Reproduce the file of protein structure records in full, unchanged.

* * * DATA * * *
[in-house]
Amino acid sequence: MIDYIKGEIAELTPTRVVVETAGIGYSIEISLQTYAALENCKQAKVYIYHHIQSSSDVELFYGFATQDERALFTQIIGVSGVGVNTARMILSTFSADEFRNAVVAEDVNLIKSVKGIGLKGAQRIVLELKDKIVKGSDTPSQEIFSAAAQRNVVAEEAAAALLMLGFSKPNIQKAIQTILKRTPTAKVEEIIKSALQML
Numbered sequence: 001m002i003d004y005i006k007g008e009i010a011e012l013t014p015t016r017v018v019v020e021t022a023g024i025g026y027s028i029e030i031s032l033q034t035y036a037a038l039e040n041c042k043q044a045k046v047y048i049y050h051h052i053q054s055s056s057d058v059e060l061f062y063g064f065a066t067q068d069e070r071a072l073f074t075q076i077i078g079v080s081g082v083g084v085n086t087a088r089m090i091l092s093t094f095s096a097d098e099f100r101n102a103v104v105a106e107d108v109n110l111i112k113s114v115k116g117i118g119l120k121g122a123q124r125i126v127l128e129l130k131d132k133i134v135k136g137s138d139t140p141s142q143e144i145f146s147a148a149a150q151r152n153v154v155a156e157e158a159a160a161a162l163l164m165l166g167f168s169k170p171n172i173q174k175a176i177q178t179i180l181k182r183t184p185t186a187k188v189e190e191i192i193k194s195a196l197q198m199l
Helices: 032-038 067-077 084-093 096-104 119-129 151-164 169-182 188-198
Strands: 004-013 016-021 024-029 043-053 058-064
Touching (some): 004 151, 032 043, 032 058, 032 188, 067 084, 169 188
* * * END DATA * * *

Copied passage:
[in-house]
Amino acid sequence: MIDYIKGEIAELTPTRVVVETAGIGYSIEISLQTYAALENCKQAKVYIYHHIQSSSDVELFYGFATQDERALFTQIIGVSGVGVNTARMILSTFSADEFRNAVVAEDVNLIKSVKGIGLKGAQRIVLELKDKIVKGSDTPSQEIFSAAAQRNVVAEEAAAALLMLGFSKPNIQKAIQTILKRTPTAKVEEIIKSALQML
Numbered sequence: 001m002i003d004y005i006k007g008e009i010a011e012l013t014p015t016r017v018v019v020e021t022a023g024i025g026y027s028i029e030i031s032l033q034t035y036a037a038l039e040n041c042k043q044a045k046v047y048i049y050h051h052i053q054s055s056s057d058v059e060l061f062y063g064f065a066t067q068d069e070r071a072l073f074t075q076i077i078g079v080s081g082v083g084v085n086t087a088r089m090i091l092s093t094f095s096a097d098e099f100r101n102a103v104v105a106e107d108v109n110l111i112k113s114v115k116g117i118g119l120k121g122a123q124r125i126v127l128e129l130k131d132k133i134v135k136g137s138d139t140p141s142q143e144i145f146s147a148a149a150q151r152n153v154v155a156e157e158a159a160a161a162l163l164m165l166g167f168s169k170p171n172i173q174k175a176i177q178t179i180l181k182r183t184p185t186a187k188v189e190e191i192i193k194s195a196l197q198m199l
Helices: 032-038 067-077 084-093 096-104 119-129 151-164 169-182 188-198
Strands: 004-013 016-021 024-029 043-053 058-064
Touching (some): 004 151, 032 043, 032 058, 032 188, 067 084, 169 188